U2 aren’t synonymous with California by any stretch of the imagination. The Beach Boys, Katy Perry, 2Pac, Red Hot Chili Peppers and others all seem to have an authoritative hold on California-related songs — but that didn’t stop U2 from channelling their inner west coast on Songs of Innocence.
“California (There is no End to Love)” is the third track on U2’s latest offering — and simply put, the song oozes joy, whether you like it or not. Beginning with church bells, synthesizers and an ode to the Beach Boys, as Bono and Edge play on Barbara Ann by singing “Barbara, Santa Barbara.” On first listen, it’s a bit jarring, but after repeated listens, the intro, Santa Barbara and all, works.
Written about the band’s first-ever trip to California, Bono recalls his experience during “California’s” verses, but does so in a way so that the song has a universal meaning — thanks in large part to the song’s brilliant chorus.
“California, then we fell into the shining sea
The weight that drags your heart down
Well, that’s what took me where I need to be
Which is here, out on Zuma
Watching you cry like a baby
California, at the dawn you thought would never come
But it did,
Like it always does”
Musically fueled by warm synthesizers, pulsating bass and a driving beat, “California” just feels happy. The the song bears no musical similarities, its mood is akin to that of “Beautiful Day” — just a warm, rock-pop song that seemingly only U2 can pull off so well.
Audio and video courtesy YouTube
Bono reflects on the tough times he faced growing up that eventually led him to Zuma beach out in California. But the song isn’t about just U2’s first visit to California; instead, it’s about recognizing that adversity points you in the right direction — and that even if you think the dawn will never come, it always does.
“California’s” chorus, simple as it is, is perfect.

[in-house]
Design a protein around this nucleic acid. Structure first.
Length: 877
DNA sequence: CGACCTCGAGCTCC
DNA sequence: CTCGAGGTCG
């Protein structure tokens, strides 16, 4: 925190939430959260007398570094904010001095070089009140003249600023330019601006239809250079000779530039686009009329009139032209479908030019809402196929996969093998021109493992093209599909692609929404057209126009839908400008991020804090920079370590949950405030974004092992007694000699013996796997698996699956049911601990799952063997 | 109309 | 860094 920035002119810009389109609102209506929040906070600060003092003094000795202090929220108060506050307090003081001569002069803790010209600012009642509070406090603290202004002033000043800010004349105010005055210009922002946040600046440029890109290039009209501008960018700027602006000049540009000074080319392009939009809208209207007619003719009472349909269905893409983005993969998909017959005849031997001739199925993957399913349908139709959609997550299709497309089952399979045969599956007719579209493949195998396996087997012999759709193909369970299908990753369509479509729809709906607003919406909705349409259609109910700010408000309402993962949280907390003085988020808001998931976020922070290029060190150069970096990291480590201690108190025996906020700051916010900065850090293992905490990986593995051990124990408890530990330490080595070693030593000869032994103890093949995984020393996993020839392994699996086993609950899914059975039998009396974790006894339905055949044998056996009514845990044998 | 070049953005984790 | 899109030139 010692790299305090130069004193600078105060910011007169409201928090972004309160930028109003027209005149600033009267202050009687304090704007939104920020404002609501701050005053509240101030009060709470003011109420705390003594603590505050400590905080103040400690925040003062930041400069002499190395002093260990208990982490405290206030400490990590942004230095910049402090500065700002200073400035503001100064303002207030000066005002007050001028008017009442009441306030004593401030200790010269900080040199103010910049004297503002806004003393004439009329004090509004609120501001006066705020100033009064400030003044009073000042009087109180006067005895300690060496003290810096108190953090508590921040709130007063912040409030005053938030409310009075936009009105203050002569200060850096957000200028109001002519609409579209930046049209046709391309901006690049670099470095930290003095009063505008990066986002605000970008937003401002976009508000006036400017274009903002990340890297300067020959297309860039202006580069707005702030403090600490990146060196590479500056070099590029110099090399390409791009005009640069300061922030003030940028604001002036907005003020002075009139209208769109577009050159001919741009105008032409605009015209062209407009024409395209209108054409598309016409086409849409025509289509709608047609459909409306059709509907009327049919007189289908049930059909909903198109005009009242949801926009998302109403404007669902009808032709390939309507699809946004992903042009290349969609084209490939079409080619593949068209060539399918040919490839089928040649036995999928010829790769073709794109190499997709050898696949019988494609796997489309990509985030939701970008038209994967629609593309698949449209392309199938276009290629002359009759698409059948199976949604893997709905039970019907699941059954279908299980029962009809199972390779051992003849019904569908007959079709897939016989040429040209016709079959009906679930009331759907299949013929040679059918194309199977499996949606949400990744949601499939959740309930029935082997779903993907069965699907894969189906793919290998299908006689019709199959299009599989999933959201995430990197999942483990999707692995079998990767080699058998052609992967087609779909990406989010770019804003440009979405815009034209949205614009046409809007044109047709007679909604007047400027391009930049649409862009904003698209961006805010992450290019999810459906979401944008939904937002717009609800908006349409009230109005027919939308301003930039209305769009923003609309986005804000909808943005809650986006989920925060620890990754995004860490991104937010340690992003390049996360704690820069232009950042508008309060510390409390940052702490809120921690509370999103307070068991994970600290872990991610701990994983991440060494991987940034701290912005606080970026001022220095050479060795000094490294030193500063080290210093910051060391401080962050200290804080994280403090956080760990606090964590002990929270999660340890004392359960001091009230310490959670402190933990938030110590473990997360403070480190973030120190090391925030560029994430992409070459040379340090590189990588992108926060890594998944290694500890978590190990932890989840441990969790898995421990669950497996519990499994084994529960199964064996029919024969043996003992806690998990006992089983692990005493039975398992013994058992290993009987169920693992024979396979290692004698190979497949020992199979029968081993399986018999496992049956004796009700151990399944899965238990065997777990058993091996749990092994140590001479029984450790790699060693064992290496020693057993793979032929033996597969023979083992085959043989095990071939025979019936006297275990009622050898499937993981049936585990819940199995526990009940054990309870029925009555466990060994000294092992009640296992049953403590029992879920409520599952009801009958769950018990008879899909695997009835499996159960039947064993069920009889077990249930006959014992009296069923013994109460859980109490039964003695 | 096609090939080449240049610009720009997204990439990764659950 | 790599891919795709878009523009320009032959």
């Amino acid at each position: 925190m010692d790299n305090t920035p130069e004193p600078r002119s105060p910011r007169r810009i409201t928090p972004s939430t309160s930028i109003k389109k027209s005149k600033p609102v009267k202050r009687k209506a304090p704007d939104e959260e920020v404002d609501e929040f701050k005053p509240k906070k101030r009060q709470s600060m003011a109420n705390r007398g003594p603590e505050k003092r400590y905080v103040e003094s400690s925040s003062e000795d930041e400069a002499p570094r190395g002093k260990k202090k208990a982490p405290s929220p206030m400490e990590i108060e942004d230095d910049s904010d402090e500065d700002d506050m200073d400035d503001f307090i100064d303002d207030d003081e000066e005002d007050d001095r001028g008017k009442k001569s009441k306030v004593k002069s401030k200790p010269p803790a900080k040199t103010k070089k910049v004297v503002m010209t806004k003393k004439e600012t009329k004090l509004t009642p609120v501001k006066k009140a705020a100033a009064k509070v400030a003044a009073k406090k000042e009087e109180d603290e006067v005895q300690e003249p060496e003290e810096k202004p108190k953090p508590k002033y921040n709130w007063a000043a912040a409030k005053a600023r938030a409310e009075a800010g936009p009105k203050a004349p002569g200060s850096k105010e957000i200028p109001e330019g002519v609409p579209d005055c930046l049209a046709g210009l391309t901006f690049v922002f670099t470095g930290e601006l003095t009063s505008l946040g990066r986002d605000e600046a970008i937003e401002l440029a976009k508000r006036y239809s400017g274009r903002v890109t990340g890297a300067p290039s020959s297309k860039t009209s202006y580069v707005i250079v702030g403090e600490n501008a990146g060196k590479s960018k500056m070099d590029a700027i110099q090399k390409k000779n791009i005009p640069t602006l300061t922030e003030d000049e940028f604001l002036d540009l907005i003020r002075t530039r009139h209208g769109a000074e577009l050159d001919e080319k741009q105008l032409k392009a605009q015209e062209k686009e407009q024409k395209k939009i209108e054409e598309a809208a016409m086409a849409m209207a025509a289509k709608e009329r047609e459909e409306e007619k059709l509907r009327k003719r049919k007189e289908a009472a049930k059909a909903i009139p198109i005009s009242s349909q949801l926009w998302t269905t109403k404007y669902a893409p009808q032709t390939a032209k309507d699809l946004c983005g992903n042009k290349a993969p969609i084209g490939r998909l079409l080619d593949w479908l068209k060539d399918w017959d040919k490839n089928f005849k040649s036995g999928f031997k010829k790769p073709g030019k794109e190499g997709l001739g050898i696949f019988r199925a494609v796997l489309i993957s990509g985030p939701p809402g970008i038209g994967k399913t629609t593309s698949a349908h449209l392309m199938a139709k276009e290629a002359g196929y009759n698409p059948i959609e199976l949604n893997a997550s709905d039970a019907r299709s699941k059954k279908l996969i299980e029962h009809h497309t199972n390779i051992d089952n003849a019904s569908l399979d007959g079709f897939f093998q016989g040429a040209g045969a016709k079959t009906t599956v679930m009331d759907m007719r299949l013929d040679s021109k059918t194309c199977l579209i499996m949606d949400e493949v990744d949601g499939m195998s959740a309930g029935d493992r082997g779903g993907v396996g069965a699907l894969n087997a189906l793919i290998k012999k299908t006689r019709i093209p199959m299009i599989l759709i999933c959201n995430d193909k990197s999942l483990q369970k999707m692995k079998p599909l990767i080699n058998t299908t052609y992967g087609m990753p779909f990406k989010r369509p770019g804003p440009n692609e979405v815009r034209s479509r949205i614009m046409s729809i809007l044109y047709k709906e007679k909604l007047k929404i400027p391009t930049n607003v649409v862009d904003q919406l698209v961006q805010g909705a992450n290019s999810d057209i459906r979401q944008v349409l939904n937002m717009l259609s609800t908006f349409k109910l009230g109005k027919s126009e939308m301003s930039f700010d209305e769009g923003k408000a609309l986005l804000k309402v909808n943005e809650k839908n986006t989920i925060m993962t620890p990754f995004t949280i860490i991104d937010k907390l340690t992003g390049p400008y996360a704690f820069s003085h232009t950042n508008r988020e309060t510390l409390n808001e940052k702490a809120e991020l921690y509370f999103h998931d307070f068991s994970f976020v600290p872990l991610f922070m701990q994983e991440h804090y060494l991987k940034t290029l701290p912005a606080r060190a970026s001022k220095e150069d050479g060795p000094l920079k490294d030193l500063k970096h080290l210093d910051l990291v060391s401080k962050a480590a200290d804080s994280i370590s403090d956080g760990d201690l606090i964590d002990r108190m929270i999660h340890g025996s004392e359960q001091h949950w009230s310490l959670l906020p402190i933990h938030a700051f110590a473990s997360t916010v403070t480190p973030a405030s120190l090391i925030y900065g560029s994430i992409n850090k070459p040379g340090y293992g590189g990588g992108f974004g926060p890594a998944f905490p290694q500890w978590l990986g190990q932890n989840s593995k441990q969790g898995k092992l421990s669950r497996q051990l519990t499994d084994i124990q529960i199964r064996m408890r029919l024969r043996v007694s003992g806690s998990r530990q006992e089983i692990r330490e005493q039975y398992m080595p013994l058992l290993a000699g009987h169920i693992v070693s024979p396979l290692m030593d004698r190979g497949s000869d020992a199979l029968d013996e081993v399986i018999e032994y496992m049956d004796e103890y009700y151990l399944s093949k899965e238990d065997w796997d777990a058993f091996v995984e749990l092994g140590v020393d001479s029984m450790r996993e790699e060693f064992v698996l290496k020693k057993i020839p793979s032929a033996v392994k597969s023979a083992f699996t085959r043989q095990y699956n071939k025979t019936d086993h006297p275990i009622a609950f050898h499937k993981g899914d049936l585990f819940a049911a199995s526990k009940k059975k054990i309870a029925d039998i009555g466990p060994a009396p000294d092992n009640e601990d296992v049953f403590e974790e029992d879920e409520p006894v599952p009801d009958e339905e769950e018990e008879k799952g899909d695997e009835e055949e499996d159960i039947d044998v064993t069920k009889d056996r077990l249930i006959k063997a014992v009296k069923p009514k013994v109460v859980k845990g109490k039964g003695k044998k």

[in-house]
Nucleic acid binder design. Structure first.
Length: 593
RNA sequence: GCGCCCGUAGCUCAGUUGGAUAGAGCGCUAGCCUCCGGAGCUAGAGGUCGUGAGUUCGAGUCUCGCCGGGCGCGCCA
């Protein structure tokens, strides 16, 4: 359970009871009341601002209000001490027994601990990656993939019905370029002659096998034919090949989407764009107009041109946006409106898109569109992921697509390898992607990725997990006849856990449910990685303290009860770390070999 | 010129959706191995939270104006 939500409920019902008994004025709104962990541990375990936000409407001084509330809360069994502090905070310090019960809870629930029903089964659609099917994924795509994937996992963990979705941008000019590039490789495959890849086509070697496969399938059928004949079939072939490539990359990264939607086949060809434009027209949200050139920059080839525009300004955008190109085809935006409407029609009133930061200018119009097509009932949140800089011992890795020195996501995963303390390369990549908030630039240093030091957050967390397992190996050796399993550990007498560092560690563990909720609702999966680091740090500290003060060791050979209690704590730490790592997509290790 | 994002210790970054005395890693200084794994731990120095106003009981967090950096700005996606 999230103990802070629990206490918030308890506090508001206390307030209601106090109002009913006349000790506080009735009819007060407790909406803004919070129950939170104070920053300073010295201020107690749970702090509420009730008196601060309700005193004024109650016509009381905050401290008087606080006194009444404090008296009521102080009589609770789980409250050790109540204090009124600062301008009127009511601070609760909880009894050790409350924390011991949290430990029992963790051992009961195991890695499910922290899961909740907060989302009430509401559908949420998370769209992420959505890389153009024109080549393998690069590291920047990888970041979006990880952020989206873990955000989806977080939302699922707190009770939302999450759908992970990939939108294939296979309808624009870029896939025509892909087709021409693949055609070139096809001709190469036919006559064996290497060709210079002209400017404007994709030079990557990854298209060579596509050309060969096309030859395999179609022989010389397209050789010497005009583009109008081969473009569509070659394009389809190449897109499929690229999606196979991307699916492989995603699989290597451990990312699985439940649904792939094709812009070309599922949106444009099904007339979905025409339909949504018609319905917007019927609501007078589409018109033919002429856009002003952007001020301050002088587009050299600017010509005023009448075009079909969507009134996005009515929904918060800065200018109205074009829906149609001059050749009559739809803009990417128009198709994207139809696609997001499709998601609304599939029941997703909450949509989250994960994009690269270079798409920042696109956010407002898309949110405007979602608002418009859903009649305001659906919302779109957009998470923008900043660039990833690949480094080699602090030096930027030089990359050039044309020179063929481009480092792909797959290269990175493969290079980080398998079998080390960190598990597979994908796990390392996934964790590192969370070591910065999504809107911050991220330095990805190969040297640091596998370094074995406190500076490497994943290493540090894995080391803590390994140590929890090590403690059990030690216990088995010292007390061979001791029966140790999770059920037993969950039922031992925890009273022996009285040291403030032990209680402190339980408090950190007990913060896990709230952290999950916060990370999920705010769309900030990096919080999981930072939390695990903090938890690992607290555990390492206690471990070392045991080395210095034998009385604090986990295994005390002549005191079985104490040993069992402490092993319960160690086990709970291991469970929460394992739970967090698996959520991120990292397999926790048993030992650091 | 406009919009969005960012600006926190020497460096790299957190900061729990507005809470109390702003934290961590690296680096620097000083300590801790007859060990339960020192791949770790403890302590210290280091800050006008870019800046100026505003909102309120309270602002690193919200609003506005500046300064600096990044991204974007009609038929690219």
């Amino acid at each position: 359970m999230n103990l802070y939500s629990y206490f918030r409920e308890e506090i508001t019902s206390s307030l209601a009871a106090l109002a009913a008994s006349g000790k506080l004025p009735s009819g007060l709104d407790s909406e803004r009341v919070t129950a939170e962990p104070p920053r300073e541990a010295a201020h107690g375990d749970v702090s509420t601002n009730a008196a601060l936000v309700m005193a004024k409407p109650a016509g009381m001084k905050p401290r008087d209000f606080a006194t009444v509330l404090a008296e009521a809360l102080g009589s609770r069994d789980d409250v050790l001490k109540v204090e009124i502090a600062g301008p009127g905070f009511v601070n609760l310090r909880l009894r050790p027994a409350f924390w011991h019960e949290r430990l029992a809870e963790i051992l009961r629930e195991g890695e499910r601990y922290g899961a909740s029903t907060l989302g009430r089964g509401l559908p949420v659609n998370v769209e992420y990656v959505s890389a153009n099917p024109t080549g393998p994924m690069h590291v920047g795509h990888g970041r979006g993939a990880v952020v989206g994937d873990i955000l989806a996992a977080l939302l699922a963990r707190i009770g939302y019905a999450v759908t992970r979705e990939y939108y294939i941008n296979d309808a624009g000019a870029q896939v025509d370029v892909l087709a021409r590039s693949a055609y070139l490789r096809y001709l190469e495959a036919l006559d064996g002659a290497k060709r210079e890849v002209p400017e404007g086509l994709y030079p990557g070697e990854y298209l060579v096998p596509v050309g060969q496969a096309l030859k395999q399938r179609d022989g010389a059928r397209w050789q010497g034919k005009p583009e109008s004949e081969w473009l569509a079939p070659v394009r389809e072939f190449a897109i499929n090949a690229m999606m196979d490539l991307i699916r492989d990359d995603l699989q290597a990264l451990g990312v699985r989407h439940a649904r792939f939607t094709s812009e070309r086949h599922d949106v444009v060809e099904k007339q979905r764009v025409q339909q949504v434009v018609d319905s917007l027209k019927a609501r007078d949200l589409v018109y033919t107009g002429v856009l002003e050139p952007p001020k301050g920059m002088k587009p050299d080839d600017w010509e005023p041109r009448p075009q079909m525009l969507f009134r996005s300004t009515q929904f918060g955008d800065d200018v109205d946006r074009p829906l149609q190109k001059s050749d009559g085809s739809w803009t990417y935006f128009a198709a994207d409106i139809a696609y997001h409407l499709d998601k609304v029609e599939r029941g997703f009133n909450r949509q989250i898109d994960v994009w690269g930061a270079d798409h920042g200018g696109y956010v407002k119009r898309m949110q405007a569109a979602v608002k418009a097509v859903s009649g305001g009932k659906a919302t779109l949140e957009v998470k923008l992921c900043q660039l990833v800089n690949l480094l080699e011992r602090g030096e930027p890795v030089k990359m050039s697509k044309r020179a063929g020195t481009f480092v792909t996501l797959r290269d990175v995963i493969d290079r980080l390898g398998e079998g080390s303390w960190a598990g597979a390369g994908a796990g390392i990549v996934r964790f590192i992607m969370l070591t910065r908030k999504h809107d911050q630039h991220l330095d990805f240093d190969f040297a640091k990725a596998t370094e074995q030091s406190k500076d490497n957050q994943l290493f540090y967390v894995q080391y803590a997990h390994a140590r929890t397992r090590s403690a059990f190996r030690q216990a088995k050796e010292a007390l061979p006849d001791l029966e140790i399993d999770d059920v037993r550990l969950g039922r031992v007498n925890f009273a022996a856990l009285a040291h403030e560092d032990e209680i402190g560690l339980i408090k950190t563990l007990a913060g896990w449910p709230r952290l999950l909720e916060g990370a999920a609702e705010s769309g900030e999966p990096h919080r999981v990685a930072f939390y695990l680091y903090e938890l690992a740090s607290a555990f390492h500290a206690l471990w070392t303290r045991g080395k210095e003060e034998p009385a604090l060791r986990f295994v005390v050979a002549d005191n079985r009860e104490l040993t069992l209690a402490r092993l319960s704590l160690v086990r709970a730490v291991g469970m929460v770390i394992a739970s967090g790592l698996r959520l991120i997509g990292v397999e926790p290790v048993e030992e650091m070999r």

“All I know,
And all I need to know
Is there is no,
Yeah there is no end to love”
Though now 54 years old, Bono nails the falsetto on “California’s” chorus, which complements the song’s verses perfectly. Instead of focusing on the hard times, the protagonist admits that the only thing he needs to know is that love is infinite — and that’s enough to get an individual through the tough times.
“I didn’t call you,
Words can scare a thought away
Everyone’s a star in our town
It’s just your light gets dimmer if you have to stay
In your bedroom, in a mirror
Watching yourself cry like a baby
California, blood orange sunset brings you to your knees
I’ve seen for myself,
There’s no end to grief
That’s how I know, and why I need to know that there is no end to love”
Now far removed from his youth, Bono offers salient points regarding youth itself. It would’ve been far easier for Bono, The Edge, Larry Mullen Jr., and Adam Clayton to stay in Dublin and not have any aspirations. The same applies to young adults today. It’s very easy to wallow in self-pity and watch our star fade, but it’s imperative to realize that even if there is no end to grief, sadness and depression, that the inverse is equally true (and more important) — there is no end to love.
“California” reaches a breakdown after its second chorus, before The Edge quickly explodes with a minimalistic guitar solo. Bono wails “California’s” chorus one last time, before adding a lyrical coda to end the song:
“We come and go
Stolen days you don’t give back
Stolen days are just enough”
No, we aren’t going to be on this planet forever, but we have to take what life gives us — after all, it’s all we’ve got.
“California” was actually one of my least-favorite songs off of Innocence upon first listens, but it’s now easy to recognize the song as one of the best pop songs U2 have recorded — and that’s saying a lot.